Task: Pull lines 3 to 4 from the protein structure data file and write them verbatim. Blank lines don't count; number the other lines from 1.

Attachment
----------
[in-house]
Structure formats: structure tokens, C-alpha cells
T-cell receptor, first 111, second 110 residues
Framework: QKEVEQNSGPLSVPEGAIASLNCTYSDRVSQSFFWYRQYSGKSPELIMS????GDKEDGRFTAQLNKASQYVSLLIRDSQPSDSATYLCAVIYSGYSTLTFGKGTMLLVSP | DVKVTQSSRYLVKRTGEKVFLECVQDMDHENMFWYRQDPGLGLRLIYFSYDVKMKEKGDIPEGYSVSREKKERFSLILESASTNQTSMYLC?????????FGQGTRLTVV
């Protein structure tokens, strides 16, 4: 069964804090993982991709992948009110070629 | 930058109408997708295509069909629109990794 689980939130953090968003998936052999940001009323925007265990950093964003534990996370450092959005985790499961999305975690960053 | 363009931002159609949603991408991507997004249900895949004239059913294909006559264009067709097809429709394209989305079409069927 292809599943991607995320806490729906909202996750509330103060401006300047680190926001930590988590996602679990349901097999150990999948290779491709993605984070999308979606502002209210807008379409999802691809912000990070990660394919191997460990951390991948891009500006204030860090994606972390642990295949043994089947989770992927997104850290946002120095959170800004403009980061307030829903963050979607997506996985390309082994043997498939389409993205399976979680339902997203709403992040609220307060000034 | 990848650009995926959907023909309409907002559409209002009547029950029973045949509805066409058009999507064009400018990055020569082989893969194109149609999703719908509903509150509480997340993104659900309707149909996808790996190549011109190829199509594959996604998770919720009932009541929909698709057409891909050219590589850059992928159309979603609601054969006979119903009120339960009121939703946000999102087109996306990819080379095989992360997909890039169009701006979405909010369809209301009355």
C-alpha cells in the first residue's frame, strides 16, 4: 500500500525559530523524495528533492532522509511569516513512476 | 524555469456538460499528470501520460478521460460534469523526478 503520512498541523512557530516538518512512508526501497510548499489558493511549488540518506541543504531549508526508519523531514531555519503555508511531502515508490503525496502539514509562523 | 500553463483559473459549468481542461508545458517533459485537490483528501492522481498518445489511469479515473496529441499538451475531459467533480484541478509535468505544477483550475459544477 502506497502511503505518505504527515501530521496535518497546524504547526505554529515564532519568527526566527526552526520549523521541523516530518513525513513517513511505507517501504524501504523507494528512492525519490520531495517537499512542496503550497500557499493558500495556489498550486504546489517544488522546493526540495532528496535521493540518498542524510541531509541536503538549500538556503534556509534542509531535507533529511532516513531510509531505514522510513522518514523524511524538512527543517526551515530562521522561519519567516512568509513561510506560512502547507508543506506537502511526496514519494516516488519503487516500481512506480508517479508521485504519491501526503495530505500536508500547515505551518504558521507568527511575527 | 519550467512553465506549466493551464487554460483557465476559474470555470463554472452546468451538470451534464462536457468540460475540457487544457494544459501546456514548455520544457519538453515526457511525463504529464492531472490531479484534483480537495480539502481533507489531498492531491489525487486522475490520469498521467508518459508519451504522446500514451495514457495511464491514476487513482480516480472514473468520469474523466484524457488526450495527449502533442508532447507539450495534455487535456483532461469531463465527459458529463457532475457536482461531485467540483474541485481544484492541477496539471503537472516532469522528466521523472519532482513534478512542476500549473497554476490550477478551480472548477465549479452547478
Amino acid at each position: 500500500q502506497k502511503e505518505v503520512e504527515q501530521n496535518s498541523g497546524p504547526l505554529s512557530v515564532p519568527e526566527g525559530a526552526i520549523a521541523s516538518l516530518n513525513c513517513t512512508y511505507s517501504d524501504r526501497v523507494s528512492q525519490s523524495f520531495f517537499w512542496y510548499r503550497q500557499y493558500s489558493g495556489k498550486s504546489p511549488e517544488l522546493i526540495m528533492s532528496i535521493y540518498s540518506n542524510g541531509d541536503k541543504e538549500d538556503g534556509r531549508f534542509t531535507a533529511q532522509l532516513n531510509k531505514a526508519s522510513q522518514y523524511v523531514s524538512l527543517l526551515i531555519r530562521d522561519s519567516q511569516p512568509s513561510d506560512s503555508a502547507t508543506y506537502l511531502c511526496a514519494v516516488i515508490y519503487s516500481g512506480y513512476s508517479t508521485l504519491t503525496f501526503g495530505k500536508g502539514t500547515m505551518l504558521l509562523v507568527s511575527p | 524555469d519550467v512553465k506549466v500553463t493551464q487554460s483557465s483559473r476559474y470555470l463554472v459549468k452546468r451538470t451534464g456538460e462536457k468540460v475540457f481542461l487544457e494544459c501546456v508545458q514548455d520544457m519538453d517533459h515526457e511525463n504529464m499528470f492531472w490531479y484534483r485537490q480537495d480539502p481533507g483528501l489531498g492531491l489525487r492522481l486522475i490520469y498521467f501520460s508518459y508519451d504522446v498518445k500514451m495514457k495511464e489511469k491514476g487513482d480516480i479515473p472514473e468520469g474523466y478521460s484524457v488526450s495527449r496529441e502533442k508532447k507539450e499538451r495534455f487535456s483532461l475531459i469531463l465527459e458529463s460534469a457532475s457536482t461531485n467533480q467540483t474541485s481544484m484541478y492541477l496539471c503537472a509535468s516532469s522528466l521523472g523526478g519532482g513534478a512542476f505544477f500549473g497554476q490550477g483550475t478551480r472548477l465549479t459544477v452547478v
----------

T-cell receptor, first 111, second 110 residues
Framework: QKEVEQNSGPLSVPEGAIASLNCTYSDRVSQSFFWYRQYSGKSPELIMS????GDKEDGRFTAQLNKASQYVSLLIRDSQPSDSATYLCAVIYSGYSTLTFGKGTMLLVSP | DVKVTQSSRYLVKRTGEKVFLECVQDMDHENMFWYRQDPGLGLRLIYFSYDVKMKEKGDIPEGYSVSREKKERFSLILESASTNQTSMYLC?????????FGQGTRLTVV